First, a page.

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Four Killed as Nepal Police Battle Activists

February 19, 1990|From Times Wire Services

KATMANDU, Nepal — Police battled with thousands of pro-democracy students and political activists in central Katmandu on Sunday, and at least four people were killed in clashes in the Nepalese countryside.

Banned political parties allied in the Movement for the Restoration of Democracy (MRD) defied an official crackdown to protest the Himalayan kingdom's non-party political system. It was the first demonstration in the capital in 11 years.

Police used batons and tear gas on thousands of protesters who repeatedly regrouped, waving outlawed party flags and chanting: "We want democracy" and "Down with the panchayat system!"--set up in 1960 when King Birendra accused the government of misusing power and banned all political parties.

At least four people were killed when other protests broke out in towns and villages.

Witnesses said two students and a police officer died in a gun battle in Chitwan, a village 95 miles southwest of Katmandu, after activists burned a government forestry truck the police were using.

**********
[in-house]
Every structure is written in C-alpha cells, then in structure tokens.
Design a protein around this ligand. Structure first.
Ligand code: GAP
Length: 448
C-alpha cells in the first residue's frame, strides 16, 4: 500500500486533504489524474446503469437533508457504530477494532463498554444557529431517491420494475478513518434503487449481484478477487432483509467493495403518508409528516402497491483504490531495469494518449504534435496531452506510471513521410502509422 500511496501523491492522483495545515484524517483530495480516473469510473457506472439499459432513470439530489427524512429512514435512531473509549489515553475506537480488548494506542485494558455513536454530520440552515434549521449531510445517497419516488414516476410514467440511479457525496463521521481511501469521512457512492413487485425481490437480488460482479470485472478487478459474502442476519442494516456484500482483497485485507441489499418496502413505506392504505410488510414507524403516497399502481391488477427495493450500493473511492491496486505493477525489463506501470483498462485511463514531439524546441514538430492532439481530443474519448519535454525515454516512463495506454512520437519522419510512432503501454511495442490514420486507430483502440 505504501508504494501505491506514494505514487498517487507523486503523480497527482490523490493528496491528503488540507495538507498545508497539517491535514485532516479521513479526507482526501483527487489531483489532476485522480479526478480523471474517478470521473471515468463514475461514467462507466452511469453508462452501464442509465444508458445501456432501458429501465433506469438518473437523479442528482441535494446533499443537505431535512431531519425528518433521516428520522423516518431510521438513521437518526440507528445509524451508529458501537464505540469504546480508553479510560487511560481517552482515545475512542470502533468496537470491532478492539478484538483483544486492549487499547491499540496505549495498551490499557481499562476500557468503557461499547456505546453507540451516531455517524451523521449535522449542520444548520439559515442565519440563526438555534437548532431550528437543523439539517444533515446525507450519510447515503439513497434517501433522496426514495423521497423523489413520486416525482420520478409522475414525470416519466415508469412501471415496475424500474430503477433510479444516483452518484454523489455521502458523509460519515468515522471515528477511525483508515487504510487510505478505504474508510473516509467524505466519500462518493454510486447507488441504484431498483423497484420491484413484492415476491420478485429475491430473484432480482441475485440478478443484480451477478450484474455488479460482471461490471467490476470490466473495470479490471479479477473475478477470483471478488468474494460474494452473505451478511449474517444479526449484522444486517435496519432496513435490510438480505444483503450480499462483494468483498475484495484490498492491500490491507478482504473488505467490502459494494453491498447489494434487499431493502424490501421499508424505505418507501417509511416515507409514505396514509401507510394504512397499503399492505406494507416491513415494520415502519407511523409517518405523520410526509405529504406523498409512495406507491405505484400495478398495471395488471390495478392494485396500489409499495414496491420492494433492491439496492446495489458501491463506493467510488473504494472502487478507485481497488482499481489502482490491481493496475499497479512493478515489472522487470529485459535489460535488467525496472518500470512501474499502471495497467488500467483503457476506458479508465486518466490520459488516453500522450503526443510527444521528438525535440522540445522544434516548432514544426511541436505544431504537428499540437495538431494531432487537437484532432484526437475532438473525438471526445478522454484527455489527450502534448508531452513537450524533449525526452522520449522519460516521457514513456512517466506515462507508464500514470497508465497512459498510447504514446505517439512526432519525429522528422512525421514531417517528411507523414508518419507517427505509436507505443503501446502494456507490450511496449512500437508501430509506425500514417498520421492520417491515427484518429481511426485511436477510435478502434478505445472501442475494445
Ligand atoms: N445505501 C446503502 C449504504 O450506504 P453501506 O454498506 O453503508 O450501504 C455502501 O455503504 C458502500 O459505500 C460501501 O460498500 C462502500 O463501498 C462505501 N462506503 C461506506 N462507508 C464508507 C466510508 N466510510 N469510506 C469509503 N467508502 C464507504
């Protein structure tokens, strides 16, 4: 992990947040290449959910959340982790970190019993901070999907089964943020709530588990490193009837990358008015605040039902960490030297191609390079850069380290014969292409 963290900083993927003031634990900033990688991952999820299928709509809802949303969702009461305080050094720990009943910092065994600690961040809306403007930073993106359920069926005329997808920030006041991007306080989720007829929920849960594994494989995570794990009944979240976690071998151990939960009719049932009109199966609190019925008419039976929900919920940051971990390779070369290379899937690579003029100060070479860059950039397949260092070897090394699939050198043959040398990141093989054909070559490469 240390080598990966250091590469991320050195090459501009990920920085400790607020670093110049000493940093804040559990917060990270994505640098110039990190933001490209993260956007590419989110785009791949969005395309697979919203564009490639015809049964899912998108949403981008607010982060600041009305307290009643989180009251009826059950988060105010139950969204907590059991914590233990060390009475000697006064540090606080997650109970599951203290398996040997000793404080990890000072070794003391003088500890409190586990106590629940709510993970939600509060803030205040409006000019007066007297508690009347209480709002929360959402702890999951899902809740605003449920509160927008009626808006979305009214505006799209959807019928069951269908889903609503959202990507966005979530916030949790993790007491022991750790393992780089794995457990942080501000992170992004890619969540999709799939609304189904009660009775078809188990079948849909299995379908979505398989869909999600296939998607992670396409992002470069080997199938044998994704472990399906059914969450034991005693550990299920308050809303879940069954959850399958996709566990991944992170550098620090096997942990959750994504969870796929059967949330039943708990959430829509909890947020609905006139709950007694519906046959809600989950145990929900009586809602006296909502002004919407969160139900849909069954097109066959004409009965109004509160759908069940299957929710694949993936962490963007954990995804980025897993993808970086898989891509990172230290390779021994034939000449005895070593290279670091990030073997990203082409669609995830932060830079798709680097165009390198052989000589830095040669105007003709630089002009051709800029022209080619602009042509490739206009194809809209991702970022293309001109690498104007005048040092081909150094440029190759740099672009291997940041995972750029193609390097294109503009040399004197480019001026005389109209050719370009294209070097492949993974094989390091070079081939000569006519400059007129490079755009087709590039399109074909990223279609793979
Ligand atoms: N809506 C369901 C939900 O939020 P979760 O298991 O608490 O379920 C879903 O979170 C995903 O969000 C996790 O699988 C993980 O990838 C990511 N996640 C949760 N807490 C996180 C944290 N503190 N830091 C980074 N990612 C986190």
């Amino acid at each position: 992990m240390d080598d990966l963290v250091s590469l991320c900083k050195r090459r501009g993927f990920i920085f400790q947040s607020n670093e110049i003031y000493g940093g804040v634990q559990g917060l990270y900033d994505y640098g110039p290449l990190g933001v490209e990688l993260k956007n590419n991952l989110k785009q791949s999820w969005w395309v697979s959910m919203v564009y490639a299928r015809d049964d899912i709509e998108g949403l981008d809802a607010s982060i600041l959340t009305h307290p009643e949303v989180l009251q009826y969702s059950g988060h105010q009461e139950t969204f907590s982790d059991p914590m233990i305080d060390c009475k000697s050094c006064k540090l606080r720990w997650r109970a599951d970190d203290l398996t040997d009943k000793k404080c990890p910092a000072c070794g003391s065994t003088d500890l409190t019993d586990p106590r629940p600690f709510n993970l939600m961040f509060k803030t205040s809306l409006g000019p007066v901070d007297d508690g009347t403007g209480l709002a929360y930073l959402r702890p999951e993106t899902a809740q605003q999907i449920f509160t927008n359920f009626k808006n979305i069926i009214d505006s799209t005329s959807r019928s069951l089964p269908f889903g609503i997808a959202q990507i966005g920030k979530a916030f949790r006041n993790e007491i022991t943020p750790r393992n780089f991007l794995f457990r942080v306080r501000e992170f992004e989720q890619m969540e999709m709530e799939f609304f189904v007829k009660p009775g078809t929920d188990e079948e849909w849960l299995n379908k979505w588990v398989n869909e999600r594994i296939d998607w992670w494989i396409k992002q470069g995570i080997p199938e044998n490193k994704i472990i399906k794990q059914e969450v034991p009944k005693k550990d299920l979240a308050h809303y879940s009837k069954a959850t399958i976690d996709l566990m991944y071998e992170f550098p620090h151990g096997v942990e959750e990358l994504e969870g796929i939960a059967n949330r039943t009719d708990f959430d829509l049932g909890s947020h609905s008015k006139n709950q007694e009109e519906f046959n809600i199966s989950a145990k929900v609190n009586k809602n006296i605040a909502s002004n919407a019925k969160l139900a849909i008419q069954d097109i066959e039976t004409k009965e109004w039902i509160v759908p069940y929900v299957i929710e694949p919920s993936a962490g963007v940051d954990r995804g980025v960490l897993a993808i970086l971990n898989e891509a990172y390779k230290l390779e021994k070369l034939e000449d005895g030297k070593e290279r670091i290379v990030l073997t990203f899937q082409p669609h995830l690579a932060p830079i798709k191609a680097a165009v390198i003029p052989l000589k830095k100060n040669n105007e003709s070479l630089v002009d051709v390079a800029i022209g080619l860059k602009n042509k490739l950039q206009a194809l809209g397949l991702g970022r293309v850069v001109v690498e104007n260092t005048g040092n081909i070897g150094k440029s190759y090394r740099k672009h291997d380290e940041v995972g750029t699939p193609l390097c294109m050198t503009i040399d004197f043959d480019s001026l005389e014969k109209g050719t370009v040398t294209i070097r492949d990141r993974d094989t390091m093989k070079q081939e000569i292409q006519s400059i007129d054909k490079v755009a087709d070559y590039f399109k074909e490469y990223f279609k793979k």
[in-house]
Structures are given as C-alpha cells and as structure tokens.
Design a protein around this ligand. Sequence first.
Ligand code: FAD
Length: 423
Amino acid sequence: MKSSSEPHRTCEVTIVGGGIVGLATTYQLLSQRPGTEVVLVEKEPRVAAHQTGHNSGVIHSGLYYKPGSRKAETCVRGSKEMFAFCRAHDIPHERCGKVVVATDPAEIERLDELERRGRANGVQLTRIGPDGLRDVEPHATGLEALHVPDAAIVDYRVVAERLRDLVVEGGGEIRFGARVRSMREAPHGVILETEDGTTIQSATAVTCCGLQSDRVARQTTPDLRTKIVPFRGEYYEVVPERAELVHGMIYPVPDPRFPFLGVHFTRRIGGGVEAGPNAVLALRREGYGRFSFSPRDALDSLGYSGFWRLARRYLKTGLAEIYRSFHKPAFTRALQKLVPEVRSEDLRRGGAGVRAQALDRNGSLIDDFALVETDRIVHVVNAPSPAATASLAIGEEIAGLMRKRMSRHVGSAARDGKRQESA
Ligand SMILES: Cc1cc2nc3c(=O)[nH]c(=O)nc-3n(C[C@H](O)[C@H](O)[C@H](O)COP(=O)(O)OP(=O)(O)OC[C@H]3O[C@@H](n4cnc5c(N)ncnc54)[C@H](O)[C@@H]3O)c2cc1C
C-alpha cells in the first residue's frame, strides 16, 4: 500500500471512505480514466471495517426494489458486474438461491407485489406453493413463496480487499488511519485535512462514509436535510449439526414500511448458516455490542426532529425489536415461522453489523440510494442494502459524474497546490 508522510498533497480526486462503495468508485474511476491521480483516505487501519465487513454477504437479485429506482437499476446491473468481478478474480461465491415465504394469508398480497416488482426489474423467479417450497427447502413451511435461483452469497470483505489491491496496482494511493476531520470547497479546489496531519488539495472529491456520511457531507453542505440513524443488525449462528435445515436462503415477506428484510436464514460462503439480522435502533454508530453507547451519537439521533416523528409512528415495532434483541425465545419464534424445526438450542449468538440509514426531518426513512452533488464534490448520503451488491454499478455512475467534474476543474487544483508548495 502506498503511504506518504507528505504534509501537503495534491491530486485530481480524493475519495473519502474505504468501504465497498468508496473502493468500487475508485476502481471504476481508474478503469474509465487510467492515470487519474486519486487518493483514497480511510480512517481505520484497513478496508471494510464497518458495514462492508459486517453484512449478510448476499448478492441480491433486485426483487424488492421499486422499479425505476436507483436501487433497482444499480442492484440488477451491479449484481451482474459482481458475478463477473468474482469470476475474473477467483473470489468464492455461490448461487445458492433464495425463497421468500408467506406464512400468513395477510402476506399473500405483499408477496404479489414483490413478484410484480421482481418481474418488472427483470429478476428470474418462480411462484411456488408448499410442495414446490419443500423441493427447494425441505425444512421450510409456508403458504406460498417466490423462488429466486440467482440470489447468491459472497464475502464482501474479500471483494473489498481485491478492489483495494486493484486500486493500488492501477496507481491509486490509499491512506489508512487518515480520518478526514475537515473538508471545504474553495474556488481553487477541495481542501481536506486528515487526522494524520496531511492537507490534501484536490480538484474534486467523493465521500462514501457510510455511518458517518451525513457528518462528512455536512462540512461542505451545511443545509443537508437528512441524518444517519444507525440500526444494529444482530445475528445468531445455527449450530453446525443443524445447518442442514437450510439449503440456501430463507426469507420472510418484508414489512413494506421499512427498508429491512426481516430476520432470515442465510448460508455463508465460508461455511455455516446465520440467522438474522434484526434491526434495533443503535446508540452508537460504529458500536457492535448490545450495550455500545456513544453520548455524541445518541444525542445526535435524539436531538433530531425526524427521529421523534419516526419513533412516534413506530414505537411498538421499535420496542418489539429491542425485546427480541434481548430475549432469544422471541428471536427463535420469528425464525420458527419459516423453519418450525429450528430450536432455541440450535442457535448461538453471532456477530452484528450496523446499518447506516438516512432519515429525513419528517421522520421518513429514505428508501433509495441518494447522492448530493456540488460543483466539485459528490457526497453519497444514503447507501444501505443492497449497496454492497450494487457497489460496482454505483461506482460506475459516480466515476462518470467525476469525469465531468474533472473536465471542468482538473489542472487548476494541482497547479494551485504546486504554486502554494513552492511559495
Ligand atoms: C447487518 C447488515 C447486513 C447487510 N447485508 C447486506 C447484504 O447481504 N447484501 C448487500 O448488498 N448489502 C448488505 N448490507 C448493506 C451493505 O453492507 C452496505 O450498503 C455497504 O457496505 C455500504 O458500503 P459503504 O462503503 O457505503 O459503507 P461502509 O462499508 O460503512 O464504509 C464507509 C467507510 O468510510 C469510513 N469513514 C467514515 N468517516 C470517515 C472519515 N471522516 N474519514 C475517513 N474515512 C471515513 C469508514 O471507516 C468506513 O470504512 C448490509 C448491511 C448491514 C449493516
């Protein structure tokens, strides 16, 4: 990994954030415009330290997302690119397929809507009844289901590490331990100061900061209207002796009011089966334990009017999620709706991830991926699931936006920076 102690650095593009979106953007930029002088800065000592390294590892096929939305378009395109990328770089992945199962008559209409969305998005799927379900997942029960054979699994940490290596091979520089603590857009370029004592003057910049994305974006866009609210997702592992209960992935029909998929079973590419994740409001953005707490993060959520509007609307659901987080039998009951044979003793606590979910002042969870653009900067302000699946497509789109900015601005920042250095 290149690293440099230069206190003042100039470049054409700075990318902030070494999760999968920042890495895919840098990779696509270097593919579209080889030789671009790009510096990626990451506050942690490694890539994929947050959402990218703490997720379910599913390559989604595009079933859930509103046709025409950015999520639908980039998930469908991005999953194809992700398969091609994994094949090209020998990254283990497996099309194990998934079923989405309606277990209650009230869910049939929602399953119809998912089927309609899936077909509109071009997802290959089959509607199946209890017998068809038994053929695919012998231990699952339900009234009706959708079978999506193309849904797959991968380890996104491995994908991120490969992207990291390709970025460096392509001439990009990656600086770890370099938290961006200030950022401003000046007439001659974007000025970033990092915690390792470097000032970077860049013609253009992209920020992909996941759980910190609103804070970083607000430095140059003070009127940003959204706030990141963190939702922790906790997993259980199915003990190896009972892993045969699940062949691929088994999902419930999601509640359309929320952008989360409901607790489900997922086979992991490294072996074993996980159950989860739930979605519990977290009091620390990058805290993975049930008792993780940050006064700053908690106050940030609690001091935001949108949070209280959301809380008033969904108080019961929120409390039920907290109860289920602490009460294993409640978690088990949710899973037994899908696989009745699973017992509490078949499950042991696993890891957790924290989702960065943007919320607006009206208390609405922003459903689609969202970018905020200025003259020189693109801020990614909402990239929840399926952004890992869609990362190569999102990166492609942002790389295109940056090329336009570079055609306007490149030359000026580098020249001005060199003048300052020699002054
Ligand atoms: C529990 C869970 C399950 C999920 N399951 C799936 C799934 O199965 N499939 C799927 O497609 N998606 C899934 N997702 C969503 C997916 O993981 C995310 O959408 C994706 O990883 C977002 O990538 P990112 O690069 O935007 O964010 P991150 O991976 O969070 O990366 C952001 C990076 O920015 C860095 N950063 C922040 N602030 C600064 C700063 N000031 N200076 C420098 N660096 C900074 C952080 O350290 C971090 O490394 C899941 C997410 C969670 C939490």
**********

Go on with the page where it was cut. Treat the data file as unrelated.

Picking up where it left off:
State-run Radio Nepal, quoting Interior Ministry sources, said another police officer was killed when he was hit by a large stone hurled at his head in Hetauda, 60 miles south of Katmandu.

The radio said police had been injured by stone throwers in two other towns and listed another 10 localities where it said the situation was now under control, implying there had been protests earlier.

The radio, describing the demonstrators as extremists, said seven people were injured in the Katmandu protests.

Opposition sources said they had reports of 150 injuries in protests around the country. They could not confirm a report on All India Radio that at least 10 people were killed.

The government admits detaining more than 500 people before Sunday's launch of the campaign for open political activity, and there has been growing concern about human rights among foreign aid donors to Nepal, one of the world's 10 poorest countries.

In Katmandu, witnesses said demonstrators converged on the main thoroughfare as a government-sponsored procession, led by Prime Minister Marich Shrestha, moved through the streets, chanting, "We love our king and queen more than our lives" and other slogans opposing the protesters.

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